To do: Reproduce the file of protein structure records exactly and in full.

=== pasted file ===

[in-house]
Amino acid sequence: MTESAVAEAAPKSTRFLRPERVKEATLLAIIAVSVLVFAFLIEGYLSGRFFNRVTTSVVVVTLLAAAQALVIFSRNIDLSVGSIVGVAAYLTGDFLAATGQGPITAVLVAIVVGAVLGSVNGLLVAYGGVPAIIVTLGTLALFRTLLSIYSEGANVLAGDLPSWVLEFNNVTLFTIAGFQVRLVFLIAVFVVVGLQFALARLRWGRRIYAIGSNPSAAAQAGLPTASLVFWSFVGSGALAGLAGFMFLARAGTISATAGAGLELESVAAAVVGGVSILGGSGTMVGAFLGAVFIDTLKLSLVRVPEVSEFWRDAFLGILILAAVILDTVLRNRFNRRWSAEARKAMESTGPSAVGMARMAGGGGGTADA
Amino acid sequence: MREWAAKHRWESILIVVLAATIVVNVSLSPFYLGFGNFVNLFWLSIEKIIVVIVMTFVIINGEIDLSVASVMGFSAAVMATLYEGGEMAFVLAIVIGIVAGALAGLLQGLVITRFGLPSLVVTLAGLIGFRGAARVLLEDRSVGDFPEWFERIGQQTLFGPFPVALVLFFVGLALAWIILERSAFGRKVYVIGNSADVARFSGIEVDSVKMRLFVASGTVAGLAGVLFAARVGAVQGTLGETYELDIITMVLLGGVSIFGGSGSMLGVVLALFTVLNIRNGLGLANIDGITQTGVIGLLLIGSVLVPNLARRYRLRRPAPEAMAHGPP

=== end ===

[in-house]
Amino acid sequence: MTESAVAEAAPKSTRFLRPERVKEATLLAIIAVSVLVFAFLIEGYLSGRFFNRVTTSVVVVTLLAAAQALVIFSRNIDLSVGSIVGVAAYLTGDFLAATGQGPITAVLVAIVVGAVLGSVNGLLVAYGGVPAIIVTLGTLALFRTLLSIYSEGANVLAGDLPSWVLEFNNVTLFTIAGFQVRLVFLIAVFVVVGLQFALARLRWGRRIYAIGSNPSAAAQAGLPTASLVFWSFVGSGALAGLAGFMFLARAGTISATAGAGLELESVAAAVVGGVSILGGSGTMVGAFLGAVFIDTLKLSLVRVPEVSEFWRDAFLGILILAAVILDTVLRNRFNRRWSAEARKAMESTGPSAVGMARMAGGGGGTADA
Amino acid sequence: MREWAAKHRWESILIVVLAATIVVNVSLSPFYLGFGNFVNLFWLSIEKIIVVIVMTFVIINGEIDLSVASVMGFSAAVMATLYEGGEMAFVLAIVIGIVAGALAGLLQGLVITRFGLPSLVVTLAGLIGFRGAARVLLEDRSVGDFPEWFERIGQQTLFGPFPVALVLFFVGLALAWIILERSAFGRKVYVIGNSADVARFSGIEVDSVKMRLFVASGTVAGLAGVLFAARVGAVQGTLGETYELDIITMVLLGGVSIFGGSGSMLGVVLALFTVLNIRNGLGLANIDGITQTGVIGLLLIGSVLVPNLARRYRLRRPAPEAMAHGPP